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Pima County, YWCA get $500k MacArthur grant to fight racism in justice system

A $500,000 grant will support work by Pima County and the YWCA to reduce the number of people in jail, and end racial inequities in the local justice system.

The MacArthur Foundation funding is part of the Safety and Justice Challenge, a $300 million initiative to reduce jail populations in the United States. More than $1.5 million has been already been awarded to Pima County for criminal justice system reform work.

The county's Justice Services Department will use a $239,000 MacArthur grant accepted by the Board of Supervisors on Tuesday and join the Racial Equity Cohort, a program in the focuses on disparities in the justice system. The money will fund two years of work by Pima County, alongside the four other local governments in the group.

YWCA Southern Arizona was awarded $261,151 as a community partner with the county. The nonprofit runs Pima County Teen Court, a non-government, peer-led juvenile diversion program, which officials say has lowered the risk of recidivism for nearly 8,000 teens. About 60 percent of participants are racial or ethnic minorities.

The county will use the largest portion of the grant to fund a “justice data warehouse” that collects and manages information that can be used to “identify, measure and track racial and ethnic disparities and disproportionalities” in the local justice system. That work will cost $100,000 in the first year, and $50,000 in the second year.

The YWCA will carry out a community engagement strategy that includes hosting at least six “Dialogues to Create Change” events in the next 15 months. These events are intended to solicit input from communities that have been “historically ignored” such as migrant activists and anti-poverty groups, according to the grant application. The county and YWCA will hire part-time liaisons to help them with this process.

The community engagement work will also target the “school-to-prison pipeline,” a trend of strict discipline policies in public schools resulting in students who become adults who remain involved in the justice system, often serving time in jail. That phenomenon most often affects people of color.

Pima County has also earmarked $50,000 to deliver microgrants over their two-year term to grassroots organizations and residents impacted directly by inequities in the justice system. The county plans to give $25,000 in each year of the term.

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The mix of a data-driven approach and a community engagement strategy is critical for impactful reform, said Kate Vesely, director of Justice Services for the county. Officials have been working to undo systemic inequities that have been present for generations, she said in a statement, saying “we must listen to the stories of those who have been impacted in some way by the justice system and look closely at what stories the data is trying to tell us."

“We recognize that it has taken generations to manifest the inequity and biases we see in our society today,” she said. “Pima County has already taken steps toward developing a more equitable justice system, but to truly create the systemic change that will improve our community for generations to come we must begin the most difficult work.”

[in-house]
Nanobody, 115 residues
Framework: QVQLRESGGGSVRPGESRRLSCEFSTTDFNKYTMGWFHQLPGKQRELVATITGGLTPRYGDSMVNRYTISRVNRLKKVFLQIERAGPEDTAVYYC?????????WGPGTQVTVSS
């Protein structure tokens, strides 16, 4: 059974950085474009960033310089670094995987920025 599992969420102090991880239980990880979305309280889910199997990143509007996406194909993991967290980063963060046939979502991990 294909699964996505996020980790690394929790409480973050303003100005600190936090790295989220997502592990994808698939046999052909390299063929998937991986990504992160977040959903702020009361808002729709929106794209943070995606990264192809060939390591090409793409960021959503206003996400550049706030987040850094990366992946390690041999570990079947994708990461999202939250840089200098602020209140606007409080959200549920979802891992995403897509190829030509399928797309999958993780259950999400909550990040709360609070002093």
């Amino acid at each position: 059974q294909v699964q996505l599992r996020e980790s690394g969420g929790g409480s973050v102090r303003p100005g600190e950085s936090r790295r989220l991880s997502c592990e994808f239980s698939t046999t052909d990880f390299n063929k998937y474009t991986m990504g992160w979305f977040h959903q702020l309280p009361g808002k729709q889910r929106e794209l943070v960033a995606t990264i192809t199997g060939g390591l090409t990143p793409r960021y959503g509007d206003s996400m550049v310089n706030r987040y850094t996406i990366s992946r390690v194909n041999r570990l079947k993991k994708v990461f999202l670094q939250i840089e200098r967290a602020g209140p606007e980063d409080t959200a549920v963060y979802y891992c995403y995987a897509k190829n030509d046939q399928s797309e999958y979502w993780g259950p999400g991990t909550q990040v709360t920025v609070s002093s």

The county and YWCA consider the community engagement side to be key to accomplishing concrete reform, Magdalena Verdugo, CEO of YWCA Southern Arizona, said in the statement.

“We understand that real change takes deep listening, trust-building and figuring out systems that often perpetuate inequality,” Verdugo said. “Being at the table and having the opportunity to work with Pima County Justice Services is a good and right step toward system change.”

Laurie Garduque, the MacArthur Foundation’s director of criminal justice, said “by pairing the leadership of people most impacted by mass incarceration with the expertise of government partners, we hope this cohort of jurisdictions will challenge systemic racism in our justice systems and create policies and practices to sustain long-term change.”

One other county and two cities that are working alongside the county and YWCA the Racial Equity Cohort: Cook County, Illinois — home to Chicago and the second most populous county in the U.S., behind Los Angeles County — and the cities of New Orleans and Philadelphia.

The John D. and Catherine T. MacArthur Foundation awards grants to “creative people and effective institutions,” according to their website. They’re well-known for their “genius grants,” a informal name given to their $625,000 fellowships that can be freely spent by individuals who are talented in fields like the arts, science or activism, among others. The $500,000 grant the county and YWCA is accepting is part of a third round of MacArthur funding, which started in 2016 as part of the Safety and Justice Challenge.

The Pima County Department of Justice Services is a new department, established last summer as a permanent continuation of the Criminal Justice Reform Unit, a smaller program with the same goal of reducing jail populations and systemic inequalities. The YWCA, or Young Woman’s Christian Association, has 207 sister organizations around the country dedicated to “eliminating racism, empowering women and promoting peace, justice, freedom and dignity for all.”

Bennito L. Kelty is TucsonSentinel.com’s IDEA reporter, focusing on Inclusion, Diversity, Equity and Access stories, and a Report for America corps member supported by readers like you.

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